Paul Muth: Time to pump the brakes on the 'trade Keuchel' talk

Dallas Keuchel is struggling, but trading him makes no sense. Ronald Martinez/Getty Images

Last week during the Astros latest homestand a friend of mine asked if I wanted to go catch a weekday game either Tuesday or Wednesday. I said sure.

“Dallas Keuchel is pitching Tuesday, Lance McCullers Wednesday. Which one?” He asked.

“So my options are: watch Keuchel implode and go 3-8, or watch McCullers sling filth?”

“Wednesday it is.”

Ironically I ended up going to the Tuesday game with another friend. Before we had entered the ballpark Keuchel had already served up four runs.

This isn't the first time this season - or most of the second half of last season for that matter - that I've actively avoided Keuchel games. Much like his signature “Keuchel’s Korner,” fan support has gone the way of the buffalo this season for the Astros former ace.

And it's not without reason, mind you. To say he's been bad would be an understatement. Keuchel has gone from Opening Day starter to flat out liability dating back to last season. He currently sits at 3-8 on the season with a 4.45 ERA. Keuchel has never surrendered more than 20 home runs in a season, but at 69 games into 2018, he's already allowed 12.

Things don't look good for the Astros’ hurler at the moment. Factor in that he's in the last year of his contract (and that neither side seems interested in the other's idea of a fair offer), and suddenly you have a recipe for finding out who started watching Astros baseball on November 1, 2017.

“Trade Keuchel!”

“Get him out of here!”

In the words of that same friend that I never went and saw a game with last week:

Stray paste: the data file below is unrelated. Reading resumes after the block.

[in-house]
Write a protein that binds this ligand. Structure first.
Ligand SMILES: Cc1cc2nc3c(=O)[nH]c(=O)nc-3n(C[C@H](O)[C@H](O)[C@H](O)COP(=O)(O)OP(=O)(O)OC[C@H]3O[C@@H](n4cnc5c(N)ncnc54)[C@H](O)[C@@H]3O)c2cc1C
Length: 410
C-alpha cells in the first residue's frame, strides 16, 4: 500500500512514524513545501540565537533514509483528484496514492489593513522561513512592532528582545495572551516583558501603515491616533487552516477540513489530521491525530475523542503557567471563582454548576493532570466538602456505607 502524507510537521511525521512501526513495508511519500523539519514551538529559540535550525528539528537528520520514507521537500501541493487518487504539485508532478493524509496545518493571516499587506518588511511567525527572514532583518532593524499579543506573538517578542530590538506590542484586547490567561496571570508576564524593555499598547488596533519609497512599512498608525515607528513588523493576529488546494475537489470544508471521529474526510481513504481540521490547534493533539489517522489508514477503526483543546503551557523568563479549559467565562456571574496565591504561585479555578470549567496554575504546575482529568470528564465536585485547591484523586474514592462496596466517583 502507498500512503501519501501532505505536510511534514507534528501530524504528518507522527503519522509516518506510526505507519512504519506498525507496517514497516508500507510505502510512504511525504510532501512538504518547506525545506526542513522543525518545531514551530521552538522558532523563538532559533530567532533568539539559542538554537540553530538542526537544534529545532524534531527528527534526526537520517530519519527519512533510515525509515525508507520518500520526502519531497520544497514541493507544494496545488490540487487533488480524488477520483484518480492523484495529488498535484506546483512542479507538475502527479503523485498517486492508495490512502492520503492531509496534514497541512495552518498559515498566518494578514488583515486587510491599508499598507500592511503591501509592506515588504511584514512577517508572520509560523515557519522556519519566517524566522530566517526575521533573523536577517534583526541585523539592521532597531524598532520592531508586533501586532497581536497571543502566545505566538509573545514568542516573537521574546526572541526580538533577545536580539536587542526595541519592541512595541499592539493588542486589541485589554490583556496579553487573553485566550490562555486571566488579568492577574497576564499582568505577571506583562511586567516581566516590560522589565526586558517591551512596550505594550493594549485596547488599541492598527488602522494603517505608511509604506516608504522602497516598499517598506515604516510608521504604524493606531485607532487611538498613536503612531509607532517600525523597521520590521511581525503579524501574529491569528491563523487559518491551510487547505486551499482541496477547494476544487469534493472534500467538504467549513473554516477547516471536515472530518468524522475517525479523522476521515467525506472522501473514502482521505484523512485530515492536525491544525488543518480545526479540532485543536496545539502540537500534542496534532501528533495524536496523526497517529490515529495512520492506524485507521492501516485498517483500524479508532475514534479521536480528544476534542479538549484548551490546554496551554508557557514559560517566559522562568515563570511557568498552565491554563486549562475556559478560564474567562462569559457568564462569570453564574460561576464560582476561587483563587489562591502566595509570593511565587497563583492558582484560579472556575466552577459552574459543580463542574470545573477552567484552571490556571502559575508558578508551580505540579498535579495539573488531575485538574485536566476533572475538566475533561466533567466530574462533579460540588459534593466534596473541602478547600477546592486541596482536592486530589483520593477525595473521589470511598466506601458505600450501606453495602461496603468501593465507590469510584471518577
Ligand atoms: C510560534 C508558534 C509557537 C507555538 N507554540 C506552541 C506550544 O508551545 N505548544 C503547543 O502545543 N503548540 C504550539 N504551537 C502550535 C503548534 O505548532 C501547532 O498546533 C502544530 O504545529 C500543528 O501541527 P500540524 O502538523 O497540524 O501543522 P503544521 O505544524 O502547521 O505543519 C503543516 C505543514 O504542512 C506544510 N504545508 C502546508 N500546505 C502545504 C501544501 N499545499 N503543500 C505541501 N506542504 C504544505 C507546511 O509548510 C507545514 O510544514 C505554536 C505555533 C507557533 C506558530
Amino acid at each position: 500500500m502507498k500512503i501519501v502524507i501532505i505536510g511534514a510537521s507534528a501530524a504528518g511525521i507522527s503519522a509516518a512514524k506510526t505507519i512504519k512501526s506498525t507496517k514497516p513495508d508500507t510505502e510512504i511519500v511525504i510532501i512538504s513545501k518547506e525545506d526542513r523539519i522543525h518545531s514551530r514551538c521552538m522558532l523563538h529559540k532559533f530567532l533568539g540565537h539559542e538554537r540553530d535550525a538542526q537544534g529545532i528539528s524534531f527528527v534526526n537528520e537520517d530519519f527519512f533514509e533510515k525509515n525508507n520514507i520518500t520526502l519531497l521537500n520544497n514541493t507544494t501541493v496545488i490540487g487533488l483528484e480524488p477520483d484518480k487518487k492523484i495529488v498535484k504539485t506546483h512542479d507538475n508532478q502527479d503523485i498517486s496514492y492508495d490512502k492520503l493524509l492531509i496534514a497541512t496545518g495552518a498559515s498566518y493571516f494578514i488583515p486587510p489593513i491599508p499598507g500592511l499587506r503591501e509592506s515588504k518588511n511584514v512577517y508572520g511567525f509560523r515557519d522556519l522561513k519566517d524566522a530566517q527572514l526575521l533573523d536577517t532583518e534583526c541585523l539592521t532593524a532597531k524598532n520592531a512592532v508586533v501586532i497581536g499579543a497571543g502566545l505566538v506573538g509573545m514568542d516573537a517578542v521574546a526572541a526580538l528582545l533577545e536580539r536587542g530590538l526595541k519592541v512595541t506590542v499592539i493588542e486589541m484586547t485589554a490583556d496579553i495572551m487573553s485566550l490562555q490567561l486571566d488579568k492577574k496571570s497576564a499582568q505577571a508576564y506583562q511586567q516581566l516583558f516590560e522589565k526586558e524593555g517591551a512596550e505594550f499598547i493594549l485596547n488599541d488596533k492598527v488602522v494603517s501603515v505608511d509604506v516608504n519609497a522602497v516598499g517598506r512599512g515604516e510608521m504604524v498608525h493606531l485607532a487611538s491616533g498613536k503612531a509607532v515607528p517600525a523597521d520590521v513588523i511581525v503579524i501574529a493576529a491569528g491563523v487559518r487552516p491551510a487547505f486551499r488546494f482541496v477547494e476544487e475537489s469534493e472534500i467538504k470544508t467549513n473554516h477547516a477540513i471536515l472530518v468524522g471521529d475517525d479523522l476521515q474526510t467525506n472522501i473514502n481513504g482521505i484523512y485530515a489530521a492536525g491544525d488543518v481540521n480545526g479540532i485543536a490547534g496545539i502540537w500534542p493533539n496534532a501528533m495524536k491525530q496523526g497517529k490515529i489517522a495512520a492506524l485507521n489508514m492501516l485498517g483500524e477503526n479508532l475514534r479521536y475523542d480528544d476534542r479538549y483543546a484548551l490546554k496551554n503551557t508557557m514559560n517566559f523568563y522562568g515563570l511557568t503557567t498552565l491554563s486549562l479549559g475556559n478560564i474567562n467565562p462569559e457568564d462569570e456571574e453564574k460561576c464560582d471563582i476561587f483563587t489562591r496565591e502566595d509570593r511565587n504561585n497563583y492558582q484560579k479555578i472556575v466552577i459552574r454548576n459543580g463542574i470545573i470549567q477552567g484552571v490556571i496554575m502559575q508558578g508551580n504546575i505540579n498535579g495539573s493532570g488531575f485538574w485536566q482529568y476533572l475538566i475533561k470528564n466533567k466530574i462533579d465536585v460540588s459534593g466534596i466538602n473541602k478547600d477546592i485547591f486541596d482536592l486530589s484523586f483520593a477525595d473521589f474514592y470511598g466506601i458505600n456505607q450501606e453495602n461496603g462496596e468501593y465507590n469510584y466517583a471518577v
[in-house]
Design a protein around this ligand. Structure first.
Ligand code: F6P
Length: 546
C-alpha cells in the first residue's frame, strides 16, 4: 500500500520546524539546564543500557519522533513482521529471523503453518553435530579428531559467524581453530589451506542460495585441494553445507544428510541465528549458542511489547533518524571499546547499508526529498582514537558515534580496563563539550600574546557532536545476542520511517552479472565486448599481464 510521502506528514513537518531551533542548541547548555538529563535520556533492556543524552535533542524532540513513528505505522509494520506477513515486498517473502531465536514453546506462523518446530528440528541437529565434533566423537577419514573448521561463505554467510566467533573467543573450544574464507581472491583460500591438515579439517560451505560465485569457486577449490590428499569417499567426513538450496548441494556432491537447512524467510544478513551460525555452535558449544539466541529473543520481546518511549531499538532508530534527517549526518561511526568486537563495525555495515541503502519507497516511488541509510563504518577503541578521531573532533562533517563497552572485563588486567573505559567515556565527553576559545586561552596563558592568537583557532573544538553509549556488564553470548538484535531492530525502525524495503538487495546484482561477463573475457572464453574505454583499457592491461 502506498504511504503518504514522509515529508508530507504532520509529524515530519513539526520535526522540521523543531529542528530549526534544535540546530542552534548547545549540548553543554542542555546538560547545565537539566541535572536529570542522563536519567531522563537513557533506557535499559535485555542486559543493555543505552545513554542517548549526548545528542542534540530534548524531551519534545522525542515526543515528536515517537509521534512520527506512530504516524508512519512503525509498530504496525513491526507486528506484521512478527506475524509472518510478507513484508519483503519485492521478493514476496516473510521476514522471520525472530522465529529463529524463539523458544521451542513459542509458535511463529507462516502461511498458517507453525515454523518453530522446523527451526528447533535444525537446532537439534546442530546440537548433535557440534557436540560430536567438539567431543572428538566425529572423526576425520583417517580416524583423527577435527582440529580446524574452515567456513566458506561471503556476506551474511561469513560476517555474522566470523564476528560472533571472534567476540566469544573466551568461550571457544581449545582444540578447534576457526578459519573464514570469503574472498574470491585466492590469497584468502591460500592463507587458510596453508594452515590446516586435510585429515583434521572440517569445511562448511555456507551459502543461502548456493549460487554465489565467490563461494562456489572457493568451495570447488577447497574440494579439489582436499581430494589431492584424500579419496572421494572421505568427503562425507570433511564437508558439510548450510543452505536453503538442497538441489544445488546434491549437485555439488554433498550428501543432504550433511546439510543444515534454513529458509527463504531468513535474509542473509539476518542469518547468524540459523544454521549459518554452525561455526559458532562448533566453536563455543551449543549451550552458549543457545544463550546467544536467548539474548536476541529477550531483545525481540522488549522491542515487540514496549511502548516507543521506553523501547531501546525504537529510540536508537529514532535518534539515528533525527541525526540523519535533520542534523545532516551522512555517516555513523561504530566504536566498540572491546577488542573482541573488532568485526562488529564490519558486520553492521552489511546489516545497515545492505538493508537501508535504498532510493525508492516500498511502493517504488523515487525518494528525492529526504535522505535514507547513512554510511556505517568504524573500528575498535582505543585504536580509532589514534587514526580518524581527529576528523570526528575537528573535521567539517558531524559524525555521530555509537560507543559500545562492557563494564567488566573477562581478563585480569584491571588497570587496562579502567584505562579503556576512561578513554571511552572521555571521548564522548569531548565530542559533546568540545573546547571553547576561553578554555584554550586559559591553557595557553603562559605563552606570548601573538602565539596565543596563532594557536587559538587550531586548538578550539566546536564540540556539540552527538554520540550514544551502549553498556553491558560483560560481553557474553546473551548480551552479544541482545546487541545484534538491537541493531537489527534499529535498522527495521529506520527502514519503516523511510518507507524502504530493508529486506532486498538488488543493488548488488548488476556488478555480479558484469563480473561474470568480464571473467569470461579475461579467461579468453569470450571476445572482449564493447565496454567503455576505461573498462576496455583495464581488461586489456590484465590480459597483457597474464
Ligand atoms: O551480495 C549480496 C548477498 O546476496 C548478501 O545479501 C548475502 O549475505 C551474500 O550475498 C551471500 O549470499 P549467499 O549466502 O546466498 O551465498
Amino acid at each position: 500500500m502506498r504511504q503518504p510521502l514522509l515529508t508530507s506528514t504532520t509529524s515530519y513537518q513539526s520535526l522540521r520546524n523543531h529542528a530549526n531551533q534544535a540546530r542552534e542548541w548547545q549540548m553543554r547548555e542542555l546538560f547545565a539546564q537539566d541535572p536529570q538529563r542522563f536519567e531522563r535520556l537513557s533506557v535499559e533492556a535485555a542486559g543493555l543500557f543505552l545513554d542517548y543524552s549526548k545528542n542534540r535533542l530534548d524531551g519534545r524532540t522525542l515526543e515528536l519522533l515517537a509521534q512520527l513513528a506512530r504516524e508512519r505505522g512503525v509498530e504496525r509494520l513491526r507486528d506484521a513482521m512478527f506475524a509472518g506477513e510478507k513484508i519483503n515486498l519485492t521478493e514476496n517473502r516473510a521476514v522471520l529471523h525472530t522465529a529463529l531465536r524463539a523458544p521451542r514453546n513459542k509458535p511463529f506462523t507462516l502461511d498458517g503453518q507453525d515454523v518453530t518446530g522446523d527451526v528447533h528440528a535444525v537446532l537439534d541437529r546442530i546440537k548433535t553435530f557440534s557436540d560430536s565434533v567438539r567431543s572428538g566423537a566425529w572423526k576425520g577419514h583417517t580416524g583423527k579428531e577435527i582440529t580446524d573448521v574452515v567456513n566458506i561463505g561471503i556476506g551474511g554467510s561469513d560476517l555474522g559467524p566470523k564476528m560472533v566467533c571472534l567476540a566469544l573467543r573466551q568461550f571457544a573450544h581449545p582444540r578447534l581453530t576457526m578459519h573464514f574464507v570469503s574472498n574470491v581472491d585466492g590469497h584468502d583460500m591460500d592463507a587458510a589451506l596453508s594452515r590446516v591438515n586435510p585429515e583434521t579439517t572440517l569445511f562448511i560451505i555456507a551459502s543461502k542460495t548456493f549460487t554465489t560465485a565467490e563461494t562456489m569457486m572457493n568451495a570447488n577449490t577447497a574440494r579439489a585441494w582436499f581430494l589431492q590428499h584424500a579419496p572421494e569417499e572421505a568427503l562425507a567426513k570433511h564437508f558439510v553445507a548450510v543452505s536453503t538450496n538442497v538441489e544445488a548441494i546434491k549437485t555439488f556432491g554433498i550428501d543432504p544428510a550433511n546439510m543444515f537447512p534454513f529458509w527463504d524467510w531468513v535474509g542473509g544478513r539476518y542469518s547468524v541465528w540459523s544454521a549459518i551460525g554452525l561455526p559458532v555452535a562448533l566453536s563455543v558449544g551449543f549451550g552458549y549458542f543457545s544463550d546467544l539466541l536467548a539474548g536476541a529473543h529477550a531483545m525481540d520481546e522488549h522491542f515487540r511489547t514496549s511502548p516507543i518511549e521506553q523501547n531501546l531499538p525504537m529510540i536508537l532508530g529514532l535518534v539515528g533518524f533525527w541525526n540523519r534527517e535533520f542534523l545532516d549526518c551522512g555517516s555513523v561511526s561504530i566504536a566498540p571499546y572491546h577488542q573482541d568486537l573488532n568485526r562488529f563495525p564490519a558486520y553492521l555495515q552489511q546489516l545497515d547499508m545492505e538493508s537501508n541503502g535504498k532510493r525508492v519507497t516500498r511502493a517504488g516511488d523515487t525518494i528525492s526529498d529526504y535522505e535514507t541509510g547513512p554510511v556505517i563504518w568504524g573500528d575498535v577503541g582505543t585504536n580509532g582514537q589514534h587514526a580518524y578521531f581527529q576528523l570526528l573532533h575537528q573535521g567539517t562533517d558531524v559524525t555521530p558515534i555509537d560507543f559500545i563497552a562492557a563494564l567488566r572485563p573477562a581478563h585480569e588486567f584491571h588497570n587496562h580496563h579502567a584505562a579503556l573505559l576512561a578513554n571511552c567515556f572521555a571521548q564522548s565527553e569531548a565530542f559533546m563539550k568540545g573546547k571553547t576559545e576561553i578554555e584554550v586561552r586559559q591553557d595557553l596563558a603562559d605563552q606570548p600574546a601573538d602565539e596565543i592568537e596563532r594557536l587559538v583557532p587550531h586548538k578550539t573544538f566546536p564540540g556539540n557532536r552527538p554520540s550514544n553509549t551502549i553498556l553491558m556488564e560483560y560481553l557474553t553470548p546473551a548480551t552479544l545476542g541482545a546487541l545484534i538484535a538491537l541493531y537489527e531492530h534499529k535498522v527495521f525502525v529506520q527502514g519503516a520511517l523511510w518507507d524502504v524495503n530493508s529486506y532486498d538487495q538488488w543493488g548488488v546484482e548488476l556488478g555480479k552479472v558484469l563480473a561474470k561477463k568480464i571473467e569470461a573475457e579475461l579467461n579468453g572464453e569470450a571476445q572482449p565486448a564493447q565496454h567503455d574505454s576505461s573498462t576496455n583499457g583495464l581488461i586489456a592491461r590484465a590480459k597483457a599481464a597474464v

“Easy, Farva.”

Let’s pump the brakes on all of this trade talk. Do I think he’s going to turn the season around and give us all a reason to don our fake beards and rekindle the fire that once was Keuchel’s Korner? No, not exactly. But there are still plenty of reasons to keep him on the staff.

First off, no one is going anywhere in mid June. The trade deadline isn’t until July 31, which suggests that Keuchel has at least six more starts to show us something that might assuage the angry mob. No team ever won the World Series in June, and we’re not even halfway through the season.

Even if they did start to shop Keuchel, what value would a team like the Astros who are in “win now” mode receive in return? Prospects? They have those in spades. What return would possibly yield any more production than what they are already getting? A 30 year-old low velocity pitcher who has lost his location and is in the final year of his contract isn’t going to cause the phone board to light up. So as it stands, even if they wanted to trade him, it wouldn’t be worth it more than likely.